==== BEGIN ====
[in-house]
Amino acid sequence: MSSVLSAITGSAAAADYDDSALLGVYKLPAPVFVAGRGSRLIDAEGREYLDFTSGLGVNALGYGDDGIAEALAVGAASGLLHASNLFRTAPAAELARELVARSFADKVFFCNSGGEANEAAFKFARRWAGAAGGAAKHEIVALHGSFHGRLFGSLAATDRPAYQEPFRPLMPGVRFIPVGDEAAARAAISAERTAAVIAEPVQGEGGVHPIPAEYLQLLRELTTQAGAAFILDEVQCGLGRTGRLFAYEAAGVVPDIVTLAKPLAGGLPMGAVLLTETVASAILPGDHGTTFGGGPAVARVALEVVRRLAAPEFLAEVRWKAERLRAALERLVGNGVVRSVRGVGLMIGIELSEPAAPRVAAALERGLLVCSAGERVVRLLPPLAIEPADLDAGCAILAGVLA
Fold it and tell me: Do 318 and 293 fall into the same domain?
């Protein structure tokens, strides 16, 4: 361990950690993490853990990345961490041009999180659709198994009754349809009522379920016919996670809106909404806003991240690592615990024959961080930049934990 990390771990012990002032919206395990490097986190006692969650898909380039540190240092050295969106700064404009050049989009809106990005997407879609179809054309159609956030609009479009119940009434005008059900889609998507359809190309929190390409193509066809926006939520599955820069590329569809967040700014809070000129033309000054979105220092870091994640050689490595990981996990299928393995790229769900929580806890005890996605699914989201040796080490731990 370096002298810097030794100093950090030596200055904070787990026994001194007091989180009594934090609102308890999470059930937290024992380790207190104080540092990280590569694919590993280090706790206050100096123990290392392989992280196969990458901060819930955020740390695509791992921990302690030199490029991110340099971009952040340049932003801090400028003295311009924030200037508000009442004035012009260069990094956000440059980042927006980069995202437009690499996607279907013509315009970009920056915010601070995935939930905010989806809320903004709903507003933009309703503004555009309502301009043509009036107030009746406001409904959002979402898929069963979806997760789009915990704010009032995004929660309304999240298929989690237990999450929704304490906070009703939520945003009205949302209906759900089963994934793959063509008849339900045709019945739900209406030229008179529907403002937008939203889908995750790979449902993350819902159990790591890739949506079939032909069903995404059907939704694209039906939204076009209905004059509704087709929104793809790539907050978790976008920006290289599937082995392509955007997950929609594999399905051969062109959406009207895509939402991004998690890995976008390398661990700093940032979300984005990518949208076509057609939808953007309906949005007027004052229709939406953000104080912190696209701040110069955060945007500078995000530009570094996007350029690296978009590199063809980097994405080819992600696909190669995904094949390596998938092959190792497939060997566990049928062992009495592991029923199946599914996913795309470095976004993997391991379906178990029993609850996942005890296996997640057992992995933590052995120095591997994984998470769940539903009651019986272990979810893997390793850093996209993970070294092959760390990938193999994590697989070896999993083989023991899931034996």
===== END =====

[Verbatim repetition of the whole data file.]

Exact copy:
[in-house]
Amino acid sequence: MSSVLSAITGSAAAADYDDSALLGVYKLPAPVFVAGRGSRLIDAEGREYLDFTSGLGVNALGYGDDGIAEALAVGAASGLLHASNLFRTAPAAELARELVARSFADKVFFCNSGGEANEAAFKFARRWAGAAGGAAKHEIVALHGSFHGRLFGSLAATDRPAYQEPFRPLMPGVRFIPVGDEAAARAAISAERTAAVIAEPVQGEGGVHPIPAEYLQLLRELTTQAGAAFILDEVQCGLGRTGRLFAYEAAGVVPDIVTLAKPLAGGLPMGAVLLTETVASAILPGDHGTTFGGGPAVARVALEVVRRLAAPEFLAEVRWKAERLRAALERLVGNGVVRSVRGVGLMIGIELSEPAAPRVAAALERGLLVCSAGERVVRLLPPLAIEPADLDAGCAILAGVLA
Fold it and tell me: Do 318 and 293 fall into the same domain?
């Protein structure tokens, strides 16, 4: 361990950690993490853990990345961490041009999180659709198994009754349809009522379920016919996670809106909404806003991240690592615990024959961080930049934990 990390771990012990002032919206395990490097986190006692969650898909380039540190240092050295969106700064404009050049989009809106990005997407879609179809054309159609956030609009479009119940009434005008059900889609998507359809190309929190390409193509066809926006939520599955820069590329569809967040700014809070000129033309000054979105220092870091994640050689490595990981996990299928393995790229769900929580806890005890996605699914989201040796080490731990 370096002298810097030794100093950090030596200055904070787990026994001194007091989180009594934090609102308890999470059930937290024992380790207190104080540092990280590569694919590993280090706790206050100096123990290392392989992280196969990458901060819930955020740390695509791992921990302690030199490029991110340099971009952040340049932003801090400028003295311009924030200037508000009442004035012009260069990094956000440059980042927006980069995202437009690499996607279907013509315009970009920056915010601070995935939930905010989806809320903004709903507003933009309703503004555009309502301009043509009036107030009746406001409904959002979402898929069963979806997760789009915990704010009032995004929660309304999240298929989690237990999450929704304490906070009703939520945003009205949302209906759900089963994934793959063509008849339900045709019945739900209406030229008179529907403002937008939203889908995750790979449902993350819902159990790591890739949506079939032909069903995404059907939704694209039906939204076009209905004059509704087709929104793809790539907050978790976008920006290289599937082995392509955007997950929609594999399905051969062109959406009207895509939402991004998690890995976008390398661990700093940032979300984005990518949208076509057609939808953007309906949005007027004052229709939406953000104080912190696209701040110069955060945007500078995000530009570094996007350029690296978009590199063809980097994405080819992600696909190669995904094949390596998938092959190792497939060997566990049928062992009495592991029923199946599914996913795309470095976004993997391991379906178990029993609850996942005890296996997640057992992995933590052995120095591997994984998470769940539903009651019986272990979810893997390793850093996209993970070294092959760390990938193999994590697989070896999993083989023991899931034996």